Management is Not Dead

One of the oldest debates in the world has to do with management vs. leadership. There seems to be a prevailing belief they are archenemies like the Joker and Batman. In truth, management and leadership are two sides of the same coin. Different in essence, yet there are some commonalities. Without both, sustained success is impossible.
I’ve been asked about this topic throughout my career. Honestly, I’ve avoided writing or teaching about it. My focus has been on leadership. In retrospect, this could have been a mistake. However, my logic was, and still is the same: Most organizations I encounter in the marketplace and in the non-profit sector are over managed and under led. That’s one reason I’ve devoted myself to encourage and equip leaders.
Management vs. leadership is a touchy subject. Leaders tend to get the limelight and managers not so much. Therefore, there is sometimes a misplaced and inaccurate belief leadership is more important. That is not true – both are essential.
To further complicate the subject, I’ve met very few pure leaders or pure managers. Most of us have a good measure of both in us. Also, many of the activities of both professions are shared; thus my opening analogy about two sides of the same coin. As an example, great leaders and great managers both value people and treat them with honor, dignity and respect. So, is that a management practice or a leadership practice? Yes! Both.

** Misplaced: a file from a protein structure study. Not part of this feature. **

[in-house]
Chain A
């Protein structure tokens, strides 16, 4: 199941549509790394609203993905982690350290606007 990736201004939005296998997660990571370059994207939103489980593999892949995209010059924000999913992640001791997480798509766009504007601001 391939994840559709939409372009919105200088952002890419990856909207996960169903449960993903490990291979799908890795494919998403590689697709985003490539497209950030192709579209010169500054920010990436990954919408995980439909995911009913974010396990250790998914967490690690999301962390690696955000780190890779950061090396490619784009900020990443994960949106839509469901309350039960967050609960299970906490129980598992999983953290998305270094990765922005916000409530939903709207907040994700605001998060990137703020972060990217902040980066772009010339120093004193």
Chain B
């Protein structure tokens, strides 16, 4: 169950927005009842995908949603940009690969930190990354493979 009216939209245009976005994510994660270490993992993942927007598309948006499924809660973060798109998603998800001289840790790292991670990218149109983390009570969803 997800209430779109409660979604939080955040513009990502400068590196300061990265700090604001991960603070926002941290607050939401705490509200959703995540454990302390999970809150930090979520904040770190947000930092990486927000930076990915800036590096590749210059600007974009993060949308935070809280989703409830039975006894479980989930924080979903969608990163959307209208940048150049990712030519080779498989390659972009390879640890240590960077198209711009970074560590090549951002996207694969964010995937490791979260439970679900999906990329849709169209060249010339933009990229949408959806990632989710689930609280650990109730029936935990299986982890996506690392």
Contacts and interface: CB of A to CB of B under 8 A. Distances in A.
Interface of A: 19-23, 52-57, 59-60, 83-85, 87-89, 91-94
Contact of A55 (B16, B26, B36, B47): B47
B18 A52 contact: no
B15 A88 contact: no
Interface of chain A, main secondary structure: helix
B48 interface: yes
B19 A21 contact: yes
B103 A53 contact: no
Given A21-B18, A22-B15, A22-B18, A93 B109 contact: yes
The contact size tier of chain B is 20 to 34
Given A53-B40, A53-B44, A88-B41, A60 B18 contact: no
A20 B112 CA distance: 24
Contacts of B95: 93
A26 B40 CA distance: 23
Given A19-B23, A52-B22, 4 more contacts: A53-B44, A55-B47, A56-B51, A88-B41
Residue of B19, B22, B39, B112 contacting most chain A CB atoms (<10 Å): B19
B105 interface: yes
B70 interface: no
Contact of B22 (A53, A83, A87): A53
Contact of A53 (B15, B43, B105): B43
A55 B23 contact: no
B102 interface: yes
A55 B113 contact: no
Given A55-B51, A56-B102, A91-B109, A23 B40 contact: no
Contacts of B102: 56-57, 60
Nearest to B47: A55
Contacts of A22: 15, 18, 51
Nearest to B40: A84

A final example… A short stop and a catcher on a baseball team, can both run, throw and catch. These activities are common between them. However, they play very different positions. That’s the way I think about management and leadership. There are certainly some common practices, but the roles are fundamentally different. I’ll highlight a few of the different contributions each brings to table.
Leaders                                           Managers
See the future                                     Create the future
Focus on what can be                       Focus on what is
Create change                                     Create stability
Comfortable with ambiguity           Prefer the concrete
Embrace uncertainty                         Prefer certainty
Enjoy variety                                       Value consistency
Think  goals                                         Think budget
Focus on strategy                                Focus on tactics
See opportunity                                  See obstacles
Drive for innovation                          Focus on improvement
Ignore boundaries                              Impose boundaries
Create chaos                                        Create order
Here’s the point – our organizations need BOTH. Don’t make the mistake of over-valuing either. The tension created when managers and leaders work together is needed! In tension there is inherent power and energy. Help your people find their unique contribution and create a culture where both are valued and nurtured.tweet_bird